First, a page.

Leaders must also recognise opportunities for continuous improvement through lessons learned, and ensure these learnings are shared up, across and down through the organisation to build capability. However, opportunities can sometimes be missed when responding to multiple events at once.

“You’ve got to be able to manage the event cycle,” says Saunders. “The instinct is that once an event is dealt with to return to BAU and continue on, not taking the time to pause and reflect.

“If you’re not doing those after-action reviews, and you’re looking for opportunities to improve, you’re just going to continue to go from event to event. The entire purpose of conducting after action reviews is to enhance the organisational business resilience capability.”

When responding to multiple events, it is often necessary to involve other teams. EMQnet can add multiple teams, both internal and external experts, to an event to enable collaboration between several parties and strengthen the response. 

“Take a cyclone or severe weather event as an example. You potentially have a regional corporate office and multiple mine sites within the cyclone-prone area. The organisation can start an event in EMQnet and invite multiple teams,” explains Saunders. “Some clients did this during cyclone Debbie [in Australia] and it’s similar to the approach taken with Covid. They can have the one event and develop those plans across as many sites or locations as they need.”

Challenges with multiple events management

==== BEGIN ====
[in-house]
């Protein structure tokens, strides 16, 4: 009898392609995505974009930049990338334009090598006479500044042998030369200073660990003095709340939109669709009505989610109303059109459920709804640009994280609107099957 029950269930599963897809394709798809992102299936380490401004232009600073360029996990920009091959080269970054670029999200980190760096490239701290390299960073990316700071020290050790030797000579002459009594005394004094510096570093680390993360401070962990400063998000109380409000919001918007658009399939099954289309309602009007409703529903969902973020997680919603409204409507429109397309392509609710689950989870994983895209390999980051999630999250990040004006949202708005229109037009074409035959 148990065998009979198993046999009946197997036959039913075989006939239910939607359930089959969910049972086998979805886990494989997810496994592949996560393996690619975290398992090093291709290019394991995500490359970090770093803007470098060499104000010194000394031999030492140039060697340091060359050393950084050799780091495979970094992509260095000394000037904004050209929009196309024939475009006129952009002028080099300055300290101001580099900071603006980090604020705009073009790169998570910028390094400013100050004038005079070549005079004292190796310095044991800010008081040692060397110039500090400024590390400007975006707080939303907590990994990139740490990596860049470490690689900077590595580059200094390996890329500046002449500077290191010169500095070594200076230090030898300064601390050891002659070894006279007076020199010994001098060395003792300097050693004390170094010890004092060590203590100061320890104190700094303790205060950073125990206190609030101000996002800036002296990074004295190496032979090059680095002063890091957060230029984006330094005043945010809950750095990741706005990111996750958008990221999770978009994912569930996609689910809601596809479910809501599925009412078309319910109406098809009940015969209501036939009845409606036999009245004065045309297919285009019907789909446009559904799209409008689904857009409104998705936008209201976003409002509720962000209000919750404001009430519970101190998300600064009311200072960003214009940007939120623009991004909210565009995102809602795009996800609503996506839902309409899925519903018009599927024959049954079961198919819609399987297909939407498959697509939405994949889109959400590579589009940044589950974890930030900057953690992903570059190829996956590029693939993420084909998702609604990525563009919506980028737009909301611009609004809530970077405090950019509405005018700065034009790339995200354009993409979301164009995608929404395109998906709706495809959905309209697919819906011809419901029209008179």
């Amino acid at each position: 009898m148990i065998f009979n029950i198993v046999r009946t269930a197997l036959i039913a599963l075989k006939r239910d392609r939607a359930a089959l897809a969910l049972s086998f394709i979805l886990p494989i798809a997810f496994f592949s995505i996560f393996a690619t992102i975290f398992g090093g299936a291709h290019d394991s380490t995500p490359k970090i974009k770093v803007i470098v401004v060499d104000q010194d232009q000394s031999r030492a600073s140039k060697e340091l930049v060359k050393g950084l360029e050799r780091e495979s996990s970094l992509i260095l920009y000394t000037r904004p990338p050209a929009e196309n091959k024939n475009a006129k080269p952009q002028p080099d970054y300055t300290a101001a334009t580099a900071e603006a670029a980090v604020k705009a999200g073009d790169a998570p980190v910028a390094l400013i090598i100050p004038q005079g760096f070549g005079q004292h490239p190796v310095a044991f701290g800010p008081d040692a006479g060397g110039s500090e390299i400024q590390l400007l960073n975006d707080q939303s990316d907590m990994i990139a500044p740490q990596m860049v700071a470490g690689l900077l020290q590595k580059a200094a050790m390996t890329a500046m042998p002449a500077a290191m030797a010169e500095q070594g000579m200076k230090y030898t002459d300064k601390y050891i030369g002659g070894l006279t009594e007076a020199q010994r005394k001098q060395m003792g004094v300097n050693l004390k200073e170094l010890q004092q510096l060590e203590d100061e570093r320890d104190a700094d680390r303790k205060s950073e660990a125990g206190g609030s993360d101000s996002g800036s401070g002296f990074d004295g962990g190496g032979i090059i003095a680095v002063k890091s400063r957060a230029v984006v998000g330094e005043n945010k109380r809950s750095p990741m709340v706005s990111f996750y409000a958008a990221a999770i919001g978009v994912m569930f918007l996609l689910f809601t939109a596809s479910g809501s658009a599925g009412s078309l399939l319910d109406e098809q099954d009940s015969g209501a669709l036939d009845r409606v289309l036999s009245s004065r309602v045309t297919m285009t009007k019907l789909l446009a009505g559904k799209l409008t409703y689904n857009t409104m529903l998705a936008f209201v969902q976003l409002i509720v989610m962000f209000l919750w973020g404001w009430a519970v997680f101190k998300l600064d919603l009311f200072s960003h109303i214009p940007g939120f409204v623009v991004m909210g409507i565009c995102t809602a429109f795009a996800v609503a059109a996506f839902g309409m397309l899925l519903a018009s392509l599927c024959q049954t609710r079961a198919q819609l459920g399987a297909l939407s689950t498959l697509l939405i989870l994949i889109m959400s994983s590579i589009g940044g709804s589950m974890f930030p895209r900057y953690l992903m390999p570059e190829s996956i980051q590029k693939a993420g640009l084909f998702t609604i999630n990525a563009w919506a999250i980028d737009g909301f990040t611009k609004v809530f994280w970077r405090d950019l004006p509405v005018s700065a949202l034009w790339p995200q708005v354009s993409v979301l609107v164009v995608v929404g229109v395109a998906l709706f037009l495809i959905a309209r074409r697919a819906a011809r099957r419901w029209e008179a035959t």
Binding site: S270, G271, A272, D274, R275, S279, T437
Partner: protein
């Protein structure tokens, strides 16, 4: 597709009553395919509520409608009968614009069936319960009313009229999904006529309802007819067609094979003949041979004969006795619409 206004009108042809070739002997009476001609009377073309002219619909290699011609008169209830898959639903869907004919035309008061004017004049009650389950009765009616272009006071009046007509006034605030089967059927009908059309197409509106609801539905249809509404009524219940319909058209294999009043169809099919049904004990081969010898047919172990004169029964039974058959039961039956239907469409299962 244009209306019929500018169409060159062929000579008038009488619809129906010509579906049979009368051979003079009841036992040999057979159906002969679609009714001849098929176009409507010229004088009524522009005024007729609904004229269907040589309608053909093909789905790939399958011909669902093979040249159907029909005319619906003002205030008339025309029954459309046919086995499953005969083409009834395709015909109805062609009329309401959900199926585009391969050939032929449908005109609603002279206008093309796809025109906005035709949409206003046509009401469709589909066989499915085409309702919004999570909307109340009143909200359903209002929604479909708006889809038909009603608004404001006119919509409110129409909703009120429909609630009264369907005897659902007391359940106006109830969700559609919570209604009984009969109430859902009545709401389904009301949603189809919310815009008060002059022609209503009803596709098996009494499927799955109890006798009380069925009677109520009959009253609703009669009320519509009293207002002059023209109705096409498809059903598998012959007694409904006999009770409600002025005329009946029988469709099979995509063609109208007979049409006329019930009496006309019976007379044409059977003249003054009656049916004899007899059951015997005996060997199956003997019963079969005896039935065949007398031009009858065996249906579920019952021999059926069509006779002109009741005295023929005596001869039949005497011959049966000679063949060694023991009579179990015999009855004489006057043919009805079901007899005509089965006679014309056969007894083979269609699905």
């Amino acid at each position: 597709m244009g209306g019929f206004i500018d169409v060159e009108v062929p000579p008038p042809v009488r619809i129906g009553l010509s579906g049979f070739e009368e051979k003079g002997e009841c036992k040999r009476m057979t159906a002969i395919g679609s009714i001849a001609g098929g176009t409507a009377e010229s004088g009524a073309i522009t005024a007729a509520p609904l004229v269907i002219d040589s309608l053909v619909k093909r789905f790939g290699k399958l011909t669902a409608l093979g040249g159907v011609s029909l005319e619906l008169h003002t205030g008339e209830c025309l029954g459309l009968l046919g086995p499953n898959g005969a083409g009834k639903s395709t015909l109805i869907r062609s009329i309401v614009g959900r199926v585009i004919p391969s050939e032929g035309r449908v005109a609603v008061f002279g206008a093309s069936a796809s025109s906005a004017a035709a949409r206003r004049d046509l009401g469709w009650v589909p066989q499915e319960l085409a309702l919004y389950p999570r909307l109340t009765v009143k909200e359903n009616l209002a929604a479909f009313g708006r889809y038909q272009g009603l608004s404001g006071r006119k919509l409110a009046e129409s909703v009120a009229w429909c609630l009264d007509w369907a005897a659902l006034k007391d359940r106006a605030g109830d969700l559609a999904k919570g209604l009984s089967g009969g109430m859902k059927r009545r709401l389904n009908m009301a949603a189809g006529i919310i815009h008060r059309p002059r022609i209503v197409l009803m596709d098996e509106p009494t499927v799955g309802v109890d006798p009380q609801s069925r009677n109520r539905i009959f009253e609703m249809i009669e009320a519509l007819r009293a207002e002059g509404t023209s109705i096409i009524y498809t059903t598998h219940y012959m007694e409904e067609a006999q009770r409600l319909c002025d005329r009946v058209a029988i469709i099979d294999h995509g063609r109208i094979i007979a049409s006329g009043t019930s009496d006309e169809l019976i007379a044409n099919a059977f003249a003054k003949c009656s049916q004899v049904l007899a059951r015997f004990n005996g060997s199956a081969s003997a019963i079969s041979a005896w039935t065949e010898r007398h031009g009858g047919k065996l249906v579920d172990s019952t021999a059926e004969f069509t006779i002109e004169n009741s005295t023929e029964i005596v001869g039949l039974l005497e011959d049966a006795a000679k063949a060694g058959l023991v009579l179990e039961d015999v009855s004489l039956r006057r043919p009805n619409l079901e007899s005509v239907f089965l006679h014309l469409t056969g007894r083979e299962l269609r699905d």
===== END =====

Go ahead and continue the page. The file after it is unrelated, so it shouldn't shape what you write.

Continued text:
Fatigue is a key consideration in the effective and efficient management of multiple events affecting an organisation, particularly in heavy industries. Response fatigue must be managed to avoid workers experiencing burnout, especially when trying to perform under duress or dealing with stress in a crisis. Working across multiple events simultaneously can significantly intensify the strain on all personnel.

“Fatigue is a real issue. It impacts their decision-making process. It impacts their ability to do business as usual. It also impacts their families and their loved ones,” says Saunders.

And post-pandemic, leaders also need to be aware of the potential for both skill fade and a loss of mental stamina after workers have been absent from the workplace for extended periods in the past two years.

“Then there’s safety. Because people with fatigue will make poor decisions. Identifying and managing that fatigue through relieving people in place or putting alternate people in various roles can help mitigate that,” adds Saunders. 

EMQnet platform records who is working on any particular event, indicating who may need a break and when. The platform builds a common operating picture across multiple events at once to enable operations continuity and establish a cohesive response for as long as an event lasts and however many incidents there may be, and at all times monitoring personnel participation and involvement in the event management.